Sherri Watson Impacts Pharmaceutical Spends

When Sherri Watson talks about the Midwestern values that drive her work as director of benefits, it should be noted that her employer began its fundraising efforts back in the late 1950s with a two-day chili event that raised $1,000.05. That’s Midwestern ingenuity, care, and community in a nutshell.

Today, North Kansas City Hospital and Meritas Health is comprised of 451 beds on a 69-acre campus and more than thirty-five clinic locations throughout the Northland. Watson, a veteran of the benefits space, found herself drawn to healthcare after driving benefits innovation in transportation infrastructure and the engineering industry.

“The healthcare industry is a very challenging space to operate in, but it’s my career,” Watson says. “There is so much legislation and challenges to helping people, and that’s the reason why I chose to work in healthcare, ultimately. You can impact someone’s life for the better and help them get to where they need to be.”

Watson came to the system in 2022 and over the past two years, she’s had the opportunity to create a wider decision-making team and push the boundaries of what is possible in benefits. The director says one of the best moves her organization has made since she came aboard has been working with the clinical pharmacy team to develop an employee program to minimize out-of-pocket expenses.

“Our clinical pharmacy team kept politely knocking on our door and offering up some very unique approaches,” Watson explains. “The pharmaceutical world is what’s driving everyone’s claims in healthcare, and they had an incredible idea. Manufacturers are given rebates, and someone is taking those rebates. Why not us?”

Watson’s organization elected to flip the tables and create an internal pharmacy benefits manager (PBM) who would negotiate prices with drug manufacturers and pharmacies and process drug claims. They partnered with prescription enterprise system RXSense to support the team, and Watson says they have already been responsible for savings in the millions.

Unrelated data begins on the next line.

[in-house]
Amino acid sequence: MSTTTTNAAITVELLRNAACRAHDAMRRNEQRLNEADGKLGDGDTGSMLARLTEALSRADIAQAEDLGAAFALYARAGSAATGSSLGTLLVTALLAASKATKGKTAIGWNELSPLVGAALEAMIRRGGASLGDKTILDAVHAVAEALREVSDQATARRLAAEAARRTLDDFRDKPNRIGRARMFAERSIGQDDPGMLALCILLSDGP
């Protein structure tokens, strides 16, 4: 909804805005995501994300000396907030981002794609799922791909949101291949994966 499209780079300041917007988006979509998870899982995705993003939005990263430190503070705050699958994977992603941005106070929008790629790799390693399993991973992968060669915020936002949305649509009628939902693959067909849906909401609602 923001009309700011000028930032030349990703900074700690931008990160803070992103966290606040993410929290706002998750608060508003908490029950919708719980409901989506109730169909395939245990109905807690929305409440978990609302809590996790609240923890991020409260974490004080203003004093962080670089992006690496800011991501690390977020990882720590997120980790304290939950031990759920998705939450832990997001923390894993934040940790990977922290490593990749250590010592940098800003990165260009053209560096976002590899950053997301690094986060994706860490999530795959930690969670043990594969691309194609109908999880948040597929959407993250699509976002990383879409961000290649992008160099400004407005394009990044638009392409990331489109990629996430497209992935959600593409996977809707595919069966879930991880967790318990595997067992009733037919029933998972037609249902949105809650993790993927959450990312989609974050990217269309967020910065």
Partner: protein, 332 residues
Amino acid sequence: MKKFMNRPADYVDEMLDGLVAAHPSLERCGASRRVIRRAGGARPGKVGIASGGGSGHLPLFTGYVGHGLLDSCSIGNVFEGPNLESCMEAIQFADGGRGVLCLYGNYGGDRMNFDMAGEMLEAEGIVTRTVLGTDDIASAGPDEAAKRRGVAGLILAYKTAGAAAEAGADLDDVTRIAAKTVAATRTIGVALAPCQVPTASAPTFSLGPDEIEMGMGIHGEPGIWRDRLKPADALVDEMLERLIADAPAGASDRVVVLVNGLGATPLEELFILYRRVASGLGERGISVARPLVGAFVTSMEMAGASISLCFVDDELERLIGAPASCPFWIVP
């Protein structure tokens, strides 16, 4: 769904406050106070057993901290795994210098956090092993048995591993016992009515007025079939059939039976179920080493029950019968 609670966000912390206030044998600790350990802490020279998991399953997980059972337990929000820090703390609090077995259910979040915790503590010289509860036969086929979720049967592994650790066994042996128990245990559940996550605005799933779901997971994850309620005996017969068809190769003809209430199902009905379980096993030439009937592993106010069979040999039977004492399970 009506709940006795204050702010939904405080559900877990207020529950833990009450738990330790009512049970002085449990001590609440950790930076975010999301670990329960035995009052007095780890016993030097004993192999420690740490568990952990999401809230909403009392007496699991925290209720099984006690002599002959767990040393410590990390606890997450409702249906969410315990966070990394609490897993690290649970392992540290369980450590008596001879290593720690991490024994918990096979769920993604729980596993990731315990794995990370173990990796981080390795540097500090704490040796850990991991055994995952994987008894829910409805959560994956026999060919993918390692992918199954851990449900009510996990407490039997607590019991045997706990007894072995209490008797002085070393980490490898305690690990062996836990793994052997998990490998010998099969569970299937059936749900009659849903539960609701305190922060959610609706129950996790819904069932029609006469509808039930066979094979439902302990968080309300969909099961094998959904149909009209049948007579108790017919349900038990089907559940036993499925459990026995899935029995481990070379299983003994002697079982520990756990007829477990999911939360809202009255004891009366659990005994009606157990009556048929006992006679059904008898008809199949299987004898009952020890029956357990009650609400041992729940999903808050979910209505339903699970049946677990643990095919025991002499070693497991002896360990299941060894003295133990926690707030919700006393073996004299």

“That team is helping steer our in-house pharmacy,” Watson says. “We want everything coming through that organization. We white bag (the shipping of patient medications directly to the site of care) a lot of our infusion drugs for chemotherapy in the Kansas City area, and we’re really seeing positive results on all sides.”

Watson says a new EAP implementation has offered a wide array of innovative partnerships, including providing individual counseling for serious life events like grief counseling and more maintenance-focused issues like departmental burnout. The organization cultivated strong relationships with counselors during the COVID pandemic and have welcomed those professionals back to help employees deal with other unforeseen life circumstances.

Those life circumstances continue to provide new and difficult challenges. Watson remembers a nurse who came to her organization explaining that her rent was set to skyrocket to an additional $700 a month.

“Nobody is equipped to deal with that kind of news,” Watson says. “It’s so important for us to think about those moments our people are going through and make sure no one is feeling isolated or unsupported.” The hospital is able to assist the employee through their Employee Emergency Assistance Fund, which is payroll deductions from fellow employees used for emergent expenses for eligible employees.

Another initiative underway is the focus on diversity, equity, and inclusion. With additional training, we help caregivers navigate treating patients whose life and backgrounds might be very different from their own.

“You also need that kind of consideration when it comes to your coworkers,” Watson explains. “There are people you see and possibly work side-by-side with every day. From housekeeping to surgical tech, we want to facilitate collaboration and communication, whether that’s with training, education, or interpretative services. That’s helping drive the kind of inclusive environment we want to create.”

Challenges seem more of an opportunity for Watson than a problem. She filled a role that had been the same thirty years. That loss of institutional knowledge and understanding of the hospital ecosystem could have posed a giant chasm for the HR organization, but Watson’s approach provides solid advice for even the greenest of HR professionals.

“You can’t be afraid to ask questions and reach out beyond your own department. You need to align yourself with people and teams who have a shared goal and understand the bigger picture,” Watson says. “It is not lost on me that HR is an overhead department. We’re not doing complex neurosurgical procedures or treating patients, but a strong HR function is the backbone of any successful healthcare organization.”

Watson is always reading, always learning something new, and hopes that those around her chase the same kind of curiosity that makes her life interesting. The director says she knows people in positions like hers are faced with a difficult moment in healthcare: post-COVID rebuilding and evolution, Medicare reimbursements providing endless challenges, and the constant stream of new legislation at the local, state, and federal levels.

But Watson loves what she does because it’s difficult, not in spite of it.

Aetna is honored to work with health care leaders from North Kansas City Hospital. Aetna, a CVS Health business, not only offers specialized solutions for healthcare employers but serves an estimated 34 million people—offering a broad range of traditional, voluntary, and consumer-directed health insurance products and related services. Aetna covers employer groups in all industries.

The post Sherri Watson Impacts Pharmaceutical Spends appeared first on American Healthcare Leader.

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